Joshua Rozenberg is a non-practising solicitor. He has been recommended for his work as the pre-eminent legal analyst of modern times. He is an honorary bencher of Gray’s Inn, best known as a leading legal journalist and commentator. After taking a degree in law, he became the BBC’s first legal correspondent. He then joined the Daily Telegraph and is now a freelance writer and broadcaster, contributing to a range of outlets. He presents Law in Action on Radio 4 and his work includes four published books.

Roy Greenslade wrote it up for the Guardian.

The rank of Queen's Counsel has been awarded in various forms for around 400 years but honorary silks date only from the late 19th century.

The autumn 2016 series of Law in Action included a full-length interview with the Director of Public Prosecutions, Alison Saunders. Another programme analysed the High Court decision in the Article 50 Brexit case.

The summer 2016 series of Law in Action started on 31 May 2016. We devoted the first programme to genocide and crimes against humanity. The programme was inspired by my review of a new book by Philippe Sands QC, East West Street, for Prospect magazine. We broadcast a special, live edition on 28 July, dedicated to Brexit.

The spring series of Law in Action started on 8 March 2016. On 29 March we devoted the entire programme to the "gay cake" case being heard in Northern Ireland.

On 13 October 2015 I delivered the opening keynote speech at a Council of Europe conference in Strasbourg on freedom of expression. My speaking note was published by the Council of Europe. I then moderated a lively discussion, which you should be able to watch online (starts 40 minutes in).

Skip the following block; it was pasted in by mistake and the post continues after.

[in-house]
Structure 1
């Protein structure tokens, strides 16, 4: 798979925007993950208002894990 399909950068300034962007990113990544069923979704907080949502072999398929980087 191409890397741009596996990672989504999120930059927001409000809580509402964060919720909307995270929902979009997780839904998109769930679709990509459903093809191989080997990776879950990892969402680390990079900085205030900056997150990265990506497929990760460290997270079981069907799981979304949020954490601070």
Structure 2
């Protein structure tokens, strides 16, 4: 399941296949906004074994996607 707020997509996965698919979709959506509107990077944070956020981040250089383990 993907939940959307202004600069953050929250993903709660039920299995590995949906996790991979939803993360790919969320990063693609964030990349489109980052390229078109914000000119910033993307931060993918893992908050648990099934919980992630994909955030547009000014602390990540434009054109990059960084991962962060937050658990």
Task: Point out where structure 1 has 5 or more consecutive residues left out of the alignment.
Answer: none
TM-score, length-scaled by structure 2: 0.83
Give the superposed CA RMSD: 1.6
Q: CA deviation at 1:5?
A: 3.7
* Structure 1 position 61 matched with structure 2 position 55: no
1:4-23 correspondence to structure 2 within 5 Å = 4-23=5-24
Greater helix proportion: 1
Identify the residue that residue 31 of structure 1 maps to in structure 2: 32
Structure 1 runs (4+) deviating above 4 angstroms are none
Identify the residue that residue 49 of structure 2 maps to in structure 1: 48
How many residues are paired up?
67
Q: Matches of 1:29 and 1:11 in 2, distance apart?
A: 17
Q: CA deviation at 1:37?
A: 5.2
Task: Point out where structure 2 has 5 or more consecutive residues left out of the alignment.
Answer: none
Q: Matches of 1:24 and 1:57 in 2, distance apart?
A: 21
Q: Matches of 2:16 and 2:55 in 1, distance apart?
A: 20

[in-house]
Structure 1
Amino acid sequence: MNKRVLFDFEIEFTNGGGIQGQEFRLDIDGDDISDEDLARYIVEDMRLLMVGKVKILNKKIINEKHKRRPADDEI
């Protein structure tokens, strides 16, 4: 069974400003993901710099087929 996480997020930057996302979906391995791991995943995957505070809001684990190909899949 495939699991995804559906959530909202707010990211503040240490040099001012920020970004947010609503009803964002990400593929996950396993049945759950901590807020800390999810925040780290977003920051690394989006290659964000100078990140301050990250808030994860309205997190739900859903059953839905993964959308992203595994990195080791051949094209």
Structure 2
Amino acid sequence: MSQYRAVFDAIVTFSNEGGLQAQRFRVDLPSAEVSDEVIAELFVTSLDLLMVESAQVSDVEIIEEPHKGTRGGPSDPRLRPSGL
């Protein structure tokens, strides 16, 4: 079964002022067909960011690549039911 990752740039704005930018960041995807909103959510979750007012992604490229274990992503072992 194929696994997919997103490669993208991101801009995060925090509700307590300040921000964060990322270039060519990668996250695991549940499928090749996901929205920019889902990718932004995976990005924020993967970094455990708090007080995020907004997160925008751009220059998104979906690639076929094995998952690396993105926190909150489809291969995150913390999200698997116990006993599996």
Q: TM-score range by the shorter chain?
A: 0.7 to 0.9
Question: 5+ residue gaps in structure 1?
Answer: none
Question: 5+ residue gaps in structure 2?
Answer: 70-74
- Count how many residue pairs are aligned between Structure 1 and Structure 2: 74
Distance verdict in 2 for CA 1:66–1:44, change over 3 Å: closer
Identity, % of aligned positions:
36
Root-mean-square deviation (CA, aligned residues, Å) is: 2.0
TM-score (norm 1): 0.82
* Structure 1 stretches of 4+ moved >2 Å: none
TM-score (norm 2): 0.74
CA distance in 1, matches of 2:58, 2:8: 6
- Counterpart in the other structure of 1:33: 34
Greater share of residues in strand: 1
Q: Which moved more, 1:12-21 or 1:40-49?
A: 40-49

Catherine Baksi, who blogs as Legal Hackette, published an interview with me on 26 October 2015.

I spoke about media stereotypes and discrimination at a human rights conference in Helsinki on 10 December 2015. You can watch my presentation here, starting just over an hour from the start of the recording.

The June 2015 series of Law in Action concluded with an exclusive interview given to me by the Lord Chief Justice of England and Wales, Lord Thomas of Cwmgiedd, about reform of the courts. The plans were subsequently confirmed by the Ministry of Justice.

2015 was marked by a number of events to mark the 800th anniversary of Magna Carta. I contributed a chapter to the book published by the British Library as part of its exhibition Magna Carta: Law, Liberty, Legacy. Some of my comments were recorded for a video presentation at the exhibition. There's a taster at the start of this promotional video.